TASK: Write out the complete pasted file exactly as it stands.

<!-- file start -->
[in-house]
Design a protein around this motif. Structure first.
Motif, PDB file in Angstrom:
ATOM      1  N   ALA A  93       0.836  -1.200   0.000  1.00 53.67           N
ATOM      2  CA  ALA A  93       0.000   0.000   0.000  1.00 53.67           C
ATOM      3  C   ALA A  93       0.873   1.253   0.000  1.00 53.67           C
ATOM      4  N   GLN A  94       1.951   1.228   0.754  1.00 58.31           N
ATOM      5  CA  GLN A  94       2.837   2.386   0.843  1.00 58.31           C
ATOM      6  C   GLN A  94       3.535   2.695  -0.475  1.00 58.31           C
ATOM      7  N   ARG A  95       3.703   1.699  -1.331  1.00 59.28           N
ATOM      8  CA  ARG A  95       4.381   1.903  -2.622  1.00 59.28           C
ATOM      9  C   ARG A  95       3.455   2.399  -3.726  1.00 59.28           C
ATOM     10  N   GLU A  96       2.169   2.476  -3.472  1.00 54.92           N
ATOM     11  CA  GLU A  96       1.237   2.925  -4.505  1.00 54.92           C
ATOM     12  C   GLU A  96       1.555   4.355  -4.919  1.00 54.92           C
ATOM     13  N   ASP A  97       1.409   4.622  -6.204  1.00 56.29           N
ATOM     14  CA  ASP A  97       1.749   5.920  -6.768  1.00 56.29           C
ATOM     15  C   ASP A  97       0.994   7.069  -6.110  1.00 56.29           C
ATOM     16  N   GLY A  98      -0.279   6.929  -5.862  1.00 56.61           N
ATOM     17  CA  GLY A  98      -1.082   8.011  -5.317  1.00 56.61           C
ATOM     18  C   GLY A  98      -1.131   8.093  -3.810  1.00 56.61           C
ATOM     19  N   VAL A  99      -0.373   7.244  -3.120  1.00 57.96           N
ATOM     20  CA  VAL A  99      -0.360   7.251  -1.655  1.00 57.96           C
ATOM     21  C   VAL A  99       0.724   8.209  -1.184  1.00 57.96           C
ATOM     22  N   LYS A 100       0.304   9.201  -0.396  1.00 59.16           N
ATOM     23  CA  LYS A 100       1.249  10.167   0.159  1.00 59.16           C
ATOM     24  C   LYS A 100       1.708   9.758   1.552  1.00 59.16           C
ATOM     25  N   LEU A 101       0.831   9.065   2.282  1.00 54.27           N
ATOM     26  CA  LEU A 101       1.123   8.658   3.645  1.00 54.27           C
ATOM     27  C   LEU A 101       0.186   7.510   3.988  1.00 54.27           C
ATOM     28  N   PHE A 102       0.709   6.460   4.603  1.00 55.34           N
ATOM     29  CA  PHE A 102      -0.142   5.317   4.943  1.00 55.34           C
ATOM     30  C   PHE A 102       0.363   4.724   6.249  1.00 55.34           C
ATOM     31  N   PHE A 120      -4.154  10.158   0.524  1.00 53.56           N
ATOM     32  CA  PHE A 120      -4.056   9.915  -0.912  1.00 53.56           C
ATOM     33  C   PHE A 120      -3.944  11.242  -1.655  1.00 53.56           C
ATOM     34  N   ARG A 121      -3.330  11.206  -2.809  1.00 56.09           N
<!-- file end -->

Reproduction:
[in-house]
Design a protein around this motif. Structure first.
Motif, PDB file in Angstrom:
ATOM      1  N   ALA A  93       0.836  -1.200   0.000  1.00 53.67           N
ATOM      2  CA  ALA A  93       0.000   0.000   0.000  1.00 53.67           C
ATOM      3  C   ALA A  93       0.873   1.253   0.000  1.00 53.67           C
ATOM      4  N   GLN A  94       1.951   1.228   0.754  1.00 58.31           N
ATOM      5  CA  GLN A  94       2.837   2.386   0.843  1.00 58.31           C
ATOM      6  C   GLN A  94       3.535   2.695  -0.475  1.00 58.31           C
ATOM      7  N   ARG A  95       3.703   1.699  -1.331  1.00 59.28           N
ATOM      8  CA  ARG A  95       4.381   1.903  -2.622  1.00 59.28           C
ATOM      9  C   ARG A  95       3.455   2.399  -3.726  1.00 59.28           C
ATOM     10  N   GLU A  96       2.169   2.476  -3.472  1.00 54.92           N
ATOM     11  CA  GLU A  96       1.237   2.925  -4.505  1.00 54.92           C
ATOM     12  C   GLU A  96       1.555   4.355  -4.919  1.00 54.92           C
ATOM     13  N   ASP A  97       1.409   4.622  -6.204  1.00 56.29           N
ATOM     14  CA  ASP A  97       1.749   5.920  -6.768  1.00 56.29           C
ATOM     15  C   ASP A  97       0.994   7.069  -6.110  1.00 56.29           C
ATOM     16  N   GLY A  98      -0.279   6.929  -5.862  1.00 56.61           N
ATOM     17  CA  GLY A  98      -1.082   8.011  -5.317  1.00 56.61           C
ATOM     18  C   GLY A  98      -1.131   8.093  -3.810  1.00 56.61           C
ATOM     19  N   VAL A  99      -0.373   7.244  -3.120  1.00 57.96           N
ATOM     20  CA  VAL A  99      -0.360   7.251  -1.655  1.00 57.96           C
ATOM     21  C   VAL A  99       0.724   8.209  -1.184  1.00 57.96           C
ATOM     22  N   LYS A 100       0.304   9.201  -0.396  1.00 59.16           N
ATOM     23  CA  LYS A 100       1.249  10.167   0.159  1.00 59.16           C
ATOM     24  C   LYS A 100       1.708   9.758   1.552  1.00 59.16           C
ATOM     25  N   LEU A 101       0.831   9.065   2.282  1.00 54.27           N
ATOM     26  CA  LEU A 101       1.123   8.658   3.645  1.00 54.27           C
ATOM     27  C   LEU A 101       0.186   7.510   3.988  1.00 54.27           C
ATOM     28  N   PHE A 102       0.709   6.460   4.603  1.00 55.34           N
ATOM     29  CA  PHE A 102      -0.142   5.317   4.943  1.00 55.34           C
ATOM     30  C   PHE A 102       0.363   4.724   6.249  1.00 55.34           C
ATOM     31  N   PHE A 120      -4.154  10.158   0.524  1.00 53.56           N
ATOM     32  CA  PHE A 120      -4.056   9.915  -0.912  1.00 53.56           C
ATOM     33  C   PHE A 120      -3.944  11.242  -1.655  1.00 53.56           C
ATOM     34  N   ARG A 121      -3.330  11.206  -2.809  1.00 56.09           N